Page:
Do you want to know how your investment manager do with managing your portfolio? It’s harder than it looks.
You can take your quarterly or annual returns and compare them with publicly available data. Stock market indices, such as the FTSE 100, may be the obvious place to start.
But you will soon realize that it does not really work. What really matters in judging the manager’s performance is to rate it on an indicator that has a similar exposure to risk as your choice of stocks and bonds.
In other words, if you asked your manager to be careful, you should not be surprised if your portfolio has stayed behind the stock market as a whole in a good year for stocks.
Similarly, if you have instructed your manager to be brave and take greater risks in the hope of generating greater returns, you should not be shocked if you have outperformed the market in a bad year . This is what risk management is all about. This is what you pay for in the first place to hire the manager.
Of course, investment managers prepare multiple sets of figures to share with clients. It often compares a portfolio with selected indices or a model portfolio with a similar risk / reward balance.
But it’s often hard to be sure you’ve got a fair picture. Managers tend to promote good performance periods and downplay the poor. For example, a driver who has performed well over three years but badly more than one could call the number in the longer term and bury the 12-month performance. Or they may be looking for an index that flatters their own results in some way.
Smart investors can opt out of many of these. And calculate whether levies are included or not. But even for savers who are ready to do the job, it is still difficult to find accurate independent reference points.
One company that offers to make life easier is ARC, a UK-based consulting firm that has long provided comparative data to investment managers. ARC collects information from 119 investment managers who together manage no less than 300 000 private client portfolios worth about £ 1.5 ton. It is mainly British money invested in pounds sterling.
ARC aims to attract more retail investors this year to look at data via his website and a free application. The company hopes to make a profit by increasing its visibility in the market and thus gaining more business from investment management companies.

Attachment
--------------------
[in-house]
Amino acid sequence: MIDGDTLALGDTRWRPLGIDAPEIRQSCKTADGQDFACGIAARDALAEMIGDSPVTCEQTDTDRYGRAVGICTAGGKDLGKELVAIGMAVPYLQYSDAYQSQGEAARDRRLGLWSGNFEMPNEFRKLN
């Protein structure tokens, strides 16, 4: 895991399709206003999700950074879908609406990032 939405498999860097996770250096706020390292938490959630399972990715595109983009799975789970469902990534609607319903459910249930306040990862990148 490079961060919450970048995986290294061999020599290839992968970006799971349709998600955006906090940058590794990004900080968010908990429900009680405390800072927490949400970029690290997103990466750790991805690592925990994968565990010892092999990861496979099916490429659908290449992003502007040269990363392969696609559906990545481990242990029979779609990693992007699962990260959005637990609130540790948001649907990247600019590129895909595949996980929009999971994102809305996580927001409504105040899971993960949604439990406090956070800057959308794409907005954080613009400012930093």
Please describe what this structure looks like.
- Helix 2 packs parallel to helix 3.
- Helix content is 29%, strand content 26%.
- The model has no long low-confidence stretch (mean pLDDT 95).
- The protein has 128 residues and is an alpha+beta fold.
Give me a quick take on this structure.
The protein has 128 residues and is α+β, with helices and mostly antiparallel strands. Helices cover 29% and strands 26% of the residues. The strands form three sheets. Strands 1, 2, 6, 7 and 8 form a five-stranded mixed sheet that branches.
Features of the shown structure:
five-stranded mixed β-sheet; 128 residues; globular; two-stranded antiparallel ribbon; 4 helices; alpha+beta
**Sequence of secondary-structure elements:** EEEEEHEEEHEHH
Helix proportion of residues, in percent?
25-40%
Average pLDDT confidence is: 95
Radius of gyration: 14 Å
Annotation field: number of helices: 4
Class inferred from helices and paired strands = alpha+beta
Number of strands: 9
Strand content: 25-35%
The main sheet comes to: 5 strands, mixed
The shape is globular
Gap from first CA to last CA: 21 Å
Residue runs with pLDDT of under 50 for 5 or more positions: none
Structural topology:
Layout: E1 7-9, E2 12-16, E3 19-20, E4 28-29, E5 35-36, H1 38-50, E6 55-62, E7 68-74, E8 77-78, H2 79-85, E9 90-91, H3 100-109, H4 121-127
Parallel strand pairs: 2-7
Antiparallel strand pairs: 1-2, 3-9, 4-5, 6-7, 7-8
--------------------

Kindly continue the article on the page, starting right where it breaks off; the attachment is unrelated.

ARC shared preliminary figures for 2021 with FT Money, which classifies Sterling-based investment portfolios into four groups according to risk – prudent, balanced asset, steady growth and equity risk. The categorization is not based on portfolio composition (the percentages of equities, bonds and cash), but on previous volatility compared to general equity volatility.
It is not surprising that the risk-on investments performed well last year given the overall rise in stock markets. On ARC’s figures, equity risk managers delivered 12.5 percent, ahead of Steady Growth at 10.5 percent, Balanced Asset at 7.8 percent and Cautious at 4.3 percent (all after deducting annual levies and commissions).
Given the good winds that have been blowing through markets over the past decade, risk-taking has also been a winning approach over five and 10 years, as the table shows.
What is in a way more interesting is that the light has shone on the differences between managers within the same group. ARC data show that in the Steady Growth group, the largest category in terms of portfolios, a 75th percentile manager – a top mid-level performer who performs better than three-quarters of their peers – has cumulative returns of 110.0 percent over 10 year made. That compares with 91.7 percent for a competitor on the 25th percentile, a lower mid-level performer. This is a gap of more than 18 percent.
Even in the Cautious group, where managers take fewer risks, the gap was 11 percentage points – 53 percent versus 42 percent. For Balanced Assets it was 14 percent and for high risk Equity risk 16.4 percent.
Are the top managers consistently the best? This is a centuries-old question in investment management. The traditional fund management industry is based on the premise that a good manager can beat the market. Meanwhile, industry critics have long said success in active management is largely a matter of luck. Take a passive approach and save on fees.
ARC suggests that there is still hope for the active driver. It states: “While virtually all current top quartile managers had periods of underperformance over their peers, top quartile managers tended to spend more than half the time in the top quartile. That general result is reflected for lower quartile managers. ”
Unfortunately, ARC keeps the names and results of individual managers secret from investors. It only shares the collective data with the industry and investors. You can therefore not use it to identify the top firm and convert your funds. But you can use it to check your investment manager’s performance – and your own.